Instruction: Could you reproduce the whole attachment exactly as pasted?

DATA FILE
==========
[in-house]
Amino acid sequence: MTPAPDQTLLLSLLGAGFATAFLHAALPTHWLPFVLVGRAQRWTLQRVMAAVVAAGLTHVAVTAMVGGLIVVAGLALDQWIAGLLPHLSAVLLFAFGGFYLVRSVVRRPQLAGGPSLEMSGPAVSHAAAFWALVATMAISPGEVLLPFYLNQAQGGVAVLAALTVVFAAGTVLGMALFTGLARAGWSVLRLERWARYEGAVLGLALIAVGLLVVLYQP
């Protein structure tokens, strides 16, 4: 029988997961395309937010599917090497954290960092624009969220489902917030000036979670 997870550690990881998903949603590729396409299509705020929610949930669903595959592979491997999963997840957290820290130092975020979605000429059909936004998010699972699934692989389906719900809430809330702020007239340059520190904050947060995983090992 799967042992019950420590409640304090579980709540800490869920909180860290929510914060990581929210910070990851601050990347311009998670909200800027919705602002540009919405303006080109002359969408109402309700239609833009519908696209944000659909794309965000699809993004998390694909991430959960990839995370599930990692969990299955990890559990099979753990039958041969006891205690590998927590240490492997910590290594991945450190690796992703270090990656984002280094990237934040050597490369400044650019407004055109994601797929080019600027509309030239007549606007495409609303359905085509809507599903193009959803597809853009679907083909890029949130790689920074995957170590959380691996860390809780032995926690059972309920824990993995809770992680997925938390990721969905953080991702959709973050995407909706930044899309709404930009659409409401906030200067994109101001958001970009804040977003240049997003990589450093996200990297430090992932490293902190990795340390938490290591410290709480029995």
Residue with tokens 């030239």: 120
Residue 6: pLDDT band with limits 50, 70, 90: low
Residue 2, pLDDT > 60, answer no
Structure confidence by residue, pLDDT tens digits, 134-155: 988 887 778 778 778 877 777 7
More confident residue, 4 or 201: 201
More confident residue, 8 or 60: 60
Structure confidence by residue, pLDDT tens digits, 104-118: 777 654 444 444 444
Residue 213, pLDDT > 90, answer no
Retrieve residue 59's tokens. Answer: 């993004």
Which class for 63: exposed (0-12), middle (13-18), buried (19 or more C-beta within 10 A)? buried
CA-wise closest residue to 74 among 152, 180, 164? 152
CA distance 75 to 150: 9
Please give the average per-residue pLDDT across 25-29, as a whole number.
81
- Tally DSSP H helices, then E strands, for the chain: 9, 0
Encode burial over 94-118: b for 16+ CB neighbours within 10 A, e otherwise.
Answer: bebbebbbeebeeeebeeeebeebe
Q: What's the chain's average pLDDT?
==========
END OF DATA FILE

[in-house]
Amino acid sequence: MTPAPDQTLLLSLLGAGFATAFLHAALPTHWLPFVLVGRAQRWTLQRVMAAVVAAGLTHVAVTAMVGGLIVVAGLALDQWIAGLLPHLSAVLLFAFGGFYLVRSVVRRPQLAGGPSLEMSGPAVSHAAAFWALVATMAISPGEVLLPFYLNQAQGGVAVLAALTVVFAAGTVLGMALFTGLARAGWSVLRLERWARYEGAVLGLALIAVGLLVVLYQP
């Protein structure tokens, strides 16, 4: 029988997961395309937010599917090497954290960092624009969220489902917030000036979670 997870550690990881998903949603590729396409299509705020929610949930669903595959592979491997999963997840957290820290130092975020979605000429059909936004998010699972699934692989389906719900809430809330702020007239340059520190904050947060995983090992 799967042992019950420590409640304090579980709540800490869920909180860290929510914060990581929210910070990851601050990347311009998670909200800027919705602002540009919405303006080109002359969408109402309700239609833009519908696209944000659909794309965000699809993004998390694909991430959960990839995370599930990692969990299955990890559990099979753990039958041969006891205690590998927590240490492997910590290594991945450190690796992703270090990656984002280094990237934040050597490369400044650019407004055109994601797929080019600027509309030239007549606007495409609303359905085509809507599903193009959803597809853009679907083909890029949130790689920074995957170590959380691996860390809780032995926690059972309920824990993995809770992680997925938390990721969905953080991702959709973050995407909706930044899309709404930009659409409401906030200067994109101001958001970009804040977003240049997003990589450093996200990297430090992932490293902190990795340390938490290591410290709480029995």
Residue with tokens 């030239």: 120
Residue 6: pLDDT band with limits 50, 70, 90: low
Residue 2, pLDDT > 60, answer no
Structure confidence by residue, pLDDT tens digits, 134-155: 988 887 778 778 778 877 777 7
More confident residue, 4 or 201: 201
More confident residue, 8 or 60: 60
Structure confidence by residue, pLDDT tens digits, 104-118: 777 654 444 444 444
Residue 213, pLDDT > 90, answer no
Retrieve residue 59's tokens. Answer: 């993004």
Which class for 63: exposed (0-12), middle (13-18), buried (19 or more C-beta within 10 A)? buried
CA-wise closest residue to 74 among 152, 180, 164? 152
CA distance 75 to 150: 9
Please give the average per-residue pLDDT across 25-29, as a whole number.
81
- Tally DSSP H helices, then E strands, for the chain: 9, 0
Encode burial over 94-118: b for 16+ CB neighbours within 10 A, e otherwise.
Answer: bebbebbbeebeeeebeeeebeebe
Q: What's the chain's average pLDDT?